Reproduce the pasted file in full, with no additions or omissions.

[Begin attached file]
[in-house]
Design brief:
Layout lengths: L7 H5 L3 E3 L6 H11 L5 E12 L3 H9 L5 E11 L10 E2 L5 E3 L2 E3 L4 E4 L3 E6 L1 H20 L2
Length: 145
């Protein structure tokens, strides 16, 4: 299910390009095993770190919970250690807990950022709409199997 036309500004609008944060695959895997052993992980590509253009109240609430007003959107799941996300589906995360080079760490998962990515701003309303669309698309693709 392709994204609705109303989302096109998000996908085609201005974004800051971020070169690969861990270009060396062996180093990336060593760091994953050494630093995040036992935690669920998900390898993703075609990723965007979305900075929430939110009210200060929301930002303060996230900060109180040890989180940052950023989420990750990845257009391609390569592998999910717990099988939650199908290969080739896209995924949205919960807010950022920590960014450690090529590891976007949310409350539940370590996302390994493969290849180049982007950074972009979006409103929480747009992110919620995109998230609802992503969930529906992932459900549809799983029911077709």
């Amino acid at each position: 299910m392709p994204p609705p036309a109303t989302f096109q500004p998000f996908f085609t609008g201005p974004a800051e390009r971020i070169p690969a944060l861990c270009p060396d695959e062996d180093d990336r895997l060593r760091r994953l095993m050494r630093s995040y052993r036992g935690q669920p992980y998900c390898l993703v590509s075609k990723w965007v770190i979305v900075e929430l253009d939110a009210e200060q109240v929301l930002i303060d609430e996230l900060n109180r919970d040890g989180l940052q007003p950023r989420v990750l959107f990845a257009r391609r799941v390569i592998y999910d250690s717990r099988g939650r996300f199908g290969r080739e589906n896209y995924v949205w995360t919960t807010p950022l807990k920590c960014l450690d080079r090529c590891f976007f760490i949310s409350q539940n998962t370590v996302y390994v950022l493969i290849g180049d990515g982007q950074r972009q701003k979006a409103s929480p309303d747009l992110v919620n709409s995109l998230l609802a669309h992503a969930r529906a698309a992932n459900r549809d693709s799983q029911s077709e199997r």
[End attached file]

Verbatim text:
[in-house]
Design brief:
Layout lengths: L7 H5 L3 E3 L6 H11 L5 E12 L3 H9 L5 E11 L10 E2 L5 E3 L2 E3 L4 E4 L3 E6 L1 H20 L2
Length: 145
């Protein structure tokens, strides 16, 4: 299910390009095993770190919970250690807990950022709409199997 036309500004609008944060695959895997052993992980590509253009109240609430007003959107799941996300589906995360080079760490998962990515701003309303669309698309693709 392709994204609705109303989302096109998000996908085609201005974004800051971020070169690969861990270009060396062996180093990336060593760091994953050494630093995040036992935690669920998900390898993703075609990723965007979305900075929430939110009210200060929301930002303060996230900060109180040890989180940052950023989420990750990845257009391609390569592998999910717990099988939650199908290969080739896209995924949205919960807010950022920590960014450690090529590891976007949310409350539940370590996302390994493969290849180049982007950074972009979006409103929480747009992110919620995109998230609802992503969930529906992932459900549809799983029911077709």
């Amino acid at each position: 299910m392709p994204p609705p036309a109303t989302f096109q500004p998000f996908f085609t609008g201005p974004a800051e390009r971020i070169p690969a944060l861990c270009p060396d695959e062996d180093d990336r895997l060593r760091r994953l095993m050494r630093s995040y052993r036992g935690q669920p992980y998900c390898l993703v590509s075609k990723w965007v770190i979305v900075e929430l253009d939110a009210e200060q109240v929301l930002i303060d609430e996230l900060n109180r919970d040890g989180l940052q007003p950023r989420v990750l959107f990845a257009r391609r799941v390569i592998y999910d250690s717990r099988g939650r996300f199908g290969r080739e589906n896209y995924v949205w995360t919960t807010p950022l807990k920590c960014l450690d080079r090529c590891f976007f760490i949310s409350q539940n998962t370590v996302y390994v950022l493969i290849g180049d990515g982007q950074r972009q701003k979006a409103s929480p309303d747009l992110v919620n709409s995109l998230l609802a669309h992503a969930r529906a698309a992932n459900r549809d693709s799983q029911s077709e199997r």